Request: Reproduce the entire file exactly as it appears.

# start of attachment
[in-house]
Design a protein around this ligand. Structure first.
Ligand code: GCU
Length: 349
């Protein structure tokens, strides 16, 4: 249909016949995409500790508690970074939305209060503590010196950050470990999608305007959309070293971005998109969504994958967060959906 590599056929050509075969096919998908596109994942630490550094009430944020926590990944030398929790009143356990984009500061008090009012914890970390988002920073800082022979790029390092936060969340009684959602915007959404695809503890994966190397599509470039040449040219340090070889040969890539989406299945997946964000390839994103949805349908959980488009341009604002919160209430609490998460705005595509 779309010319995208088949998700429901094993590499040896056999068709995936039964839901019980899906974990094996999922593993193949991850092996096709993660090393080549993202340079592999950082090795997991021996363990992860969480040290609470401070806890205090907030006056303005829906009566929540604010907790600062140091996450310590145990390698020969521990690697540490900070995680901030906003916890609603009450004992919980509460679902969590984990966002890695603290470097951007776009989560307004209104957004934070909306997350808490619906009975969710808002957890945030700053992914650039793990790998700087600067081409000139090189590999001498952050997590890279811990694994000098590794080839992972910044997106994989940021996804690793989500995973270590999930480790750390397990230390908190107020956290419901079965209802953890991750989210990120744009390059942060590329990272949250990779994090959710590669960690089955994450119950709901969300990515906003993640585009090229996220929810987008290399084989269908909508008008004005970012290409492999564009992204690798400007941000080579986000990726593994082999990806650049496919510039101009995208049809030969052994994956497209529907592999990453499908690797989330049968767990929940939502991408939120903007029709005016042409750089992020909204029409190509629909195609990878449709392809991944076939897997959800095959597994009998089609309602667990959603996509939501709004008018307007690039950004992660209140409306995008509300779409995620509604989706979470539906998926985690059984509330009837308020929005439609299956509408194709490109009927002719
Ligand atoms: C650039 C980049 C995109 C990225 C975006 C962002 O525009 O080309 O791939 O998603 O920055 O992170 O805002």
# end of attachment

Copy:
[in-house]
Design a protein around this ligand. Structure first.
Ligand code: GCU
Length: 349
């Protein structure tokens, strides 16, 4: 249909016949995409500790508690970074939305209060503590010196950050470990999608305007959309070293971005998109969504994958967060959906 590599056929050509075969096919998908596109994942630490550094009430944020926590990944030398929790009143356990984009500061008090009012914890970390988002920073800082022979790029390092936060969340009684959602915007959404695809503890994966190397599509470039040449040219340090070889040969890539989406299945997946964000390839994103949805349908959980488009341009604002919160209430609490998460705005595509 779309010319995208088949998700429901094993590499040896056999068709995936039964839901019980899906974990094996999922593993193949991850092996096709993660090393080549993202340079592999950082090795997991021996363990992860969480040290609470401070806890205090907030006056303005829906009566929540604010907790600062140091996450310590145990390698020969521990690697540490900070995680901030906003916890609603009450004992919980509460679902969590984990966002890695603290470097951007776009989560307004209104957004934070909306997350808490619906009975969710808002957890945030700053992914650039793990790998700087600067081409000139090189590999001498952050997590890279811990694994000098590794080839992972910044997106994989940021996804690793989500995973270590999930480790750390397990230390908190107020956290419901079965209802953890991750989210990120744009390059942060590329990272949250990779994090959710590669960690089955994450119950709901969300990515906003993640585009090229996220929810987008290399084989269908909508008008004005970012290409492999564009992204690798400007941000080579986000990726593994082999990806650049496919510039101009995208049809030969052994994956497209529907592999990453499908690797989330049968767990929940939502991408939120903007029709005016042409750089992020909204029409190509629909195609990878449709392809991944076939897997959800095959597994009998089609309602667990959603996509939501709004008018307007690039950004992660209140409306995008509300779409995620509604989706979470539906998926985690059984509330009837308020929005439609299956509408194709490109009927002719
Ligand atoms: C650039 C980049 C995109 C990225 C975006 C962002 O525009 O080309 O791939 O998603 O920055 O992170 O805002």